For Dongxiang people, their marriages are usually arranged and decided by their parents. Young men and women are not allowed to meet or talk to each other before marriages, and a matchmaker is considered as the communication intermediary. The man’s family will ask the matchmaker to make an offer of marriage. If the woman’s family agrees, the man’s family will send engagement tea as a gift. After that, the formal engagement procedure is formed. The man, together with his father, the matchmaker and other relatives will take betrothal gifts to the woman’s family. There are two kinds of betrothal gifts, including tea, brown sugar and cakes. Besides, there are also clothes, money, earrings, bracelets and so on, which were previously discussed and agreed upon. In some mountainous areas, there is also the custom of giving steamed bread as betrothal gifts. The male party will grind the wheat which is harvested in the same year into flour, and then make steamed bread. It weighs 1 kilogram for each with turmeric applied on top. When the steamed bread is ready, the white bread with turmeric, looking like blooming yellow flower, indicates the wish for a bumper year. They will ask the Iman to read the marriage testimony.
On the day of wedding, the bridegroom with his wedding team will come to the bride’s home so that the marriage is acknowledged by the community. When they come to the gate of the groom’s home, the bride will be carried by the escorting team from the horse cart into the yard. Family members and friends will sing songs to congratulate the couple. When the wedding proceeds to summit, people will jokingly make fun of the groom’s father and other older relatives. They will daub ashes of pan on to their faces, fasten bells on their waists, and tie their arms and legs.
Men usually wear white or black skullcaps. Women wear veiled hats made of silk or sateen. Young girls or newly-wed women are in green, the middle-aged are in cyan, while the older are in white. The veil is usually long enough to cover the waist and the hair. Nowadays, young working women wear white skullcaps for convenience instead of veiled hats.
Dongxiang men are dressed in loose and long robes, white or black skullcaps and wide waistbands, with some stuff fastened on it, such as knives, pouches, snuff box and spectacles. Older people prefer gray or black double-breasted long robes. Women are dressed in big-collared coats and waistcoat is long to the knees. Women’s hats are very beautiful and delicate. Girls wear green or blue round hats with red or green trimmings and colorful tassels or beads on the edge. Unmarried young girls wear hats made of fine and soft green sateen, whose color is changed to black after they get married. Older women like towear white skullcaps.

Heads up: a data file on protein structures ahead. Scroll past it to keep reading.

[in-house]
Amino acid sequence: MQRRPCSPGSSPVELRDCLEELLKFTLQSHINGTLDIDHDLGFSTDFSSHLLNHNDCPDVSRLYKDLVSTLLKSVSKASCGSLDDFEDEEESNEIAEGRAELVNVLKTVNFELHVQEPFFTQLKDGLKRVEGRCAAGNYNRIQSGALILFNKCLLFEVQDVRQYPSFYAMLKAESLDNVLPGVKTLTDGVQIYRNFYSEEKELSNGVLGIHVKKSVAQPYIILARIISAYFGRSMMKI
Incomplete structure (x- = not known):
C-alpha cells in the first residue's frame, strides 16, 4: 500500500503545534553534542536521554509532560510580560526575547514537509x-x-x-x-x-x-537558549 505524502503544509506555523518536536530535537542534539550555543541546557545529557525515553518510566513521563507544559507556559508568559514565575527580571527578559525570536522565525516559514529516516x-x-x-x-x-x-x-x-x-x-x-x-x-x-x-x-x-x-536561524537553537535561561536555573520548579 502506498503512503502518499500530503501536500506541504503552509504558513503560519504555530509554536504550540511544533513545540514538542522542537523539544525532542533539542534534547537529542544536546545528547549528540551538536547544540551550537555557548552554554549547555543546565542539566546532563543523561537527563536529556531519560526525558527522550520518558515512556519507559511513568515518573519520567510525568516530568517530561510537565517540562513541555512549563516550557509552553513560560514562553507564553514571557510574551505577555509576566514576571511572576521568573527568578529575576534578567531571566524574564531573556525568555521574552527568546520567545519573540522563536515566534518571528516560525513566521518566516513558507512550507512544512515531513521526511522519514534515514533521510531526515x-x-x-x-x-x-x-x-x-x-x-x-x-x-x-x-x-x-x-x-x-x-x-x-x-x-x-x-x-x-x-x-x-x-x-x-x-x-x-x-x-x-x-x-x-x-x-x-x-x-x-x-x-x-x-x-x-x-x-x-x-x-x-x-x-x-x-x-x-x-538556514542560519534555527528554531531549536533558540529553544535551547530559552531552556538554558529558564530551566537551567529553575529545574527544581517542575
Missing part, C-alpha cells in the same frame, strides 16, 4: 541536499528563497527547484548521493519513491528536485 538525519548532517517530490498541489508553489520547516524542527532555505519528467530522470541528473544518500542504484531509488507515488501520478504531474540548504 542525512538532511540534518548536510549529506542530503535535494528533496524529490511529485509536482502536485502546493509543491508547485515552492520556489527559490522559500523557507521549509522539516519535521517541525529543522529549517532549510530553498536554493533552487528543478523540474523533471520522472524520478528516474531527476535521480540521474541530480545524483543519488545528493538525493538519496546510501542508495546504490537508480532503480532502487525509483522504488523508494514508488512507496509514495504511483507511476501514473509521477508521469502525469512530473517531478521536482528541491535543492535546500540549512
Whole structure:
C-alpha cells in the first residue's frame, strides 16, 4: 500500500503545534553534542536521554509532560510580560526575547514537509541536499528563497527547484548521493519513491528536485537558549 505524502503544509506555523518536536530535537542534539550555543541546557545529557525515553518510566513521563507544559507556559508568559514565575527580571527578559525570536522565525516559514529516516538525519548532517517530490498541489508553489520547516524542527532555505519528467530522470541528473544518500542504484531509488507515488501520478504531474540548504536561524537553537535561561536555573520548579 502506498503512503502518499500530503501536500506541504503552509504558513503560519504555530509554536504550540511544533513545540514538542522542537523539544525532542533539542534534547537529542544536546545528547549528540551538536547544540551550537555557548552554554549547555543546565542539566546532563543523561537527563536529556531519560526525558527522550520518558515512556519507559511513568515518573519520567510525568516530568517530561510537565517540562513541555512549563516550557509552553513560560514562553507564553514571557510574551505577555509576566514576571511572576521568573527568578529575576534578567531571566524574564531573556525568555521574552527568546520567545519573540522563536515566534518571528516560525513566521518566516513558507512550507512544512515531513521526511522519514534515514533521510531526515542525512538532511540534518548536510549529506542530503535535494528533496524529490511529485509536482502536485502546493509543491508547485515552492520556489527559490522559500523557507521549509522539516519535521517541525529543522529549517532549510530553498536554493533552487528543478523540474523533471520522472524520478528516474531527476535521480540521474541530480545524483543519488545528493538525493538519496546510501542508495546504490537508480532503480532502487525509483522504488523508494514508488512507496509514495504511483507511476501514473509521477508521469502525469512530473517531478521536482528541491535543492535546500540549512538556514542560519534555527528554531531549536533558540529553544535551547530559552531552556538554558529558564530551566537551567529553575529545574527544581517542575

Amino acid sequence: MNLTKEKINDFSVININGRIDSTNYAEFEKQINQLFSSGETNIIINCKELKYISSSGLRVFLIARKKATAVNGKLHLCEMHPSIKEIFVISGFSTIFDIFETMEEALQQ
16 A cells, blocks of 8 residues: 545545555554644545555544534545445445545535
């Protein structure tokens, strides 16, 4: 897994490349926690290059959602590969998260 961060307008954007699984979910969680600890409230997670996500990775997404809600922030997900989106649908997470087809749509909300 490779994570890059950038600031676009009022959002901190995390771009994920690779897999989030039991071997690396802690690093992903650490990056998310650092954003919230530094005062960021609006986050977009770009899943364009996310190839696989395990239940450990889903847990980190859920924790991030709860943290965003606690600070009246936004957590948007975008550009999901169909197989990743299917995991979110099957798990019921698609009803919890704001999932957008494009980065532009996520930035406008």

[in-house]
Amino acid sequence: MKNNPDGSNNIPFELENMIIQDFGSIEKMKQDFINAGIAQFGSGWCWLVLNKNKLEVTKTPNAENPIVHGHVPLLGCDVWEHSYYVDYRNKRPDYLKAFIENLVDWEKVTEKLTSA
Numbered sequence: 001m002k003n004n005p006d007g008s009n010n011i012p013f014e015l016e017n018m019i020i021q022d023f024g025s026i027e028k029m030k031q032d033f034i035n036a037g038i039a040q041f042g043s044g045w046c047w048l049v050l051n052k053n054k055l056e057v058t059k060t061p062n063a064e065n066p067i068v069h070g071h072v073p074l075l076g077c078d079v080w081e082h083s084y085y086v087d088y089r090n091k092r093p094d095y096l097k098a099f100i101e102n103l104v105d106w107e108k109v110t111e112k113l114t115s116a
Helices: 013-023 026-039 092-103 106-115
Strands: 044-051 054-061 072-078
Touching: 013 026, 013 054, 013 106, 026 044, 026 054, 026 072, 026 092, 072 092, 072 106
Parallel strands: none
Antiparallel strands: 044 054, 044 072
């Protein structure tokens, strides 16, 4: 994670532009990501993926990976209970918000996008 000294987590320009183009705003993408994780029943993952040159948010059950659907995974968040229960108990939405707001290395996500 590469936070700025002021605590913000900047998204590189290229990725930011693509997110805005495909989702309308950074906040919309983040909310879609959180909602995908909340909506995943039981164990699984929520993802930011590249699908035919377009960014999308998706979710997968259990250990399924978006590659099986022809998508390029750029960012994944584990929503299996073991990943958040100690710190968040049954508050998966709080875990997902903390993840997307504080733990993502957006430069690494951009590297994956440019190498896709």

Dongxiang people do not wash clothes and other stuff or feed the livestock near streams and springs, where the water is used for drinking or bathing. Their religious services are forbidden for non-Muslims. Pictures of people or animals are not allowed to be hung in the living room or the central room. Smoking and drinking alcohol is strictly forbidden. Non-Muslims can visit the mosque, but should not enter the main hall unless they are given permission. Non-Muslims should take off shoes before entering if they are allowed to enter.
Don’t litter used paper, make the draw for fortune-telling, or waste food or water. Men are not allowed to have long hair. Speaking ill of others behind their backs or telling a lie is forbidden. People are also forbidden to eat animals that die of natural causes, pig, horse, mule, donkey, cat, dog and coagulated blood of any animal. Don’t use cooking tools of non-Muslims. Pancakes and steamed bread should be divided instead of eating the whole one. Don’t make jokes about food. Don’t offer cigarettes or wine. Don’t wear decollete in the public. Don’t bring unclean stuff to the graveyard or mosque.
Dongxiang people are believers of Islamism. Dongxiang communities used to be the center for learning and spreading Islamism in the 13th century. Nowadays, in Dongxiang Autonomous County, there are still some graves of Islamic sages. In the beginning of the 18th century, Islamism gradually became the popular religion of Dongxiang ethnic people. Islamism of Dongxiang is composed of two religious sects, including Qadim (the old) and Ikhwan (the new). There are four major tariqas (Islamic religious order) in Qadim. The Ikhwan has no tariqa, and it claims to resume the orthodoxy of Islamism, thus getting more popular support and advocacy. In the beginning of the 10th century, it was spread to some other provinces of China, such as Ningxia, Qinghai and Xinjiang.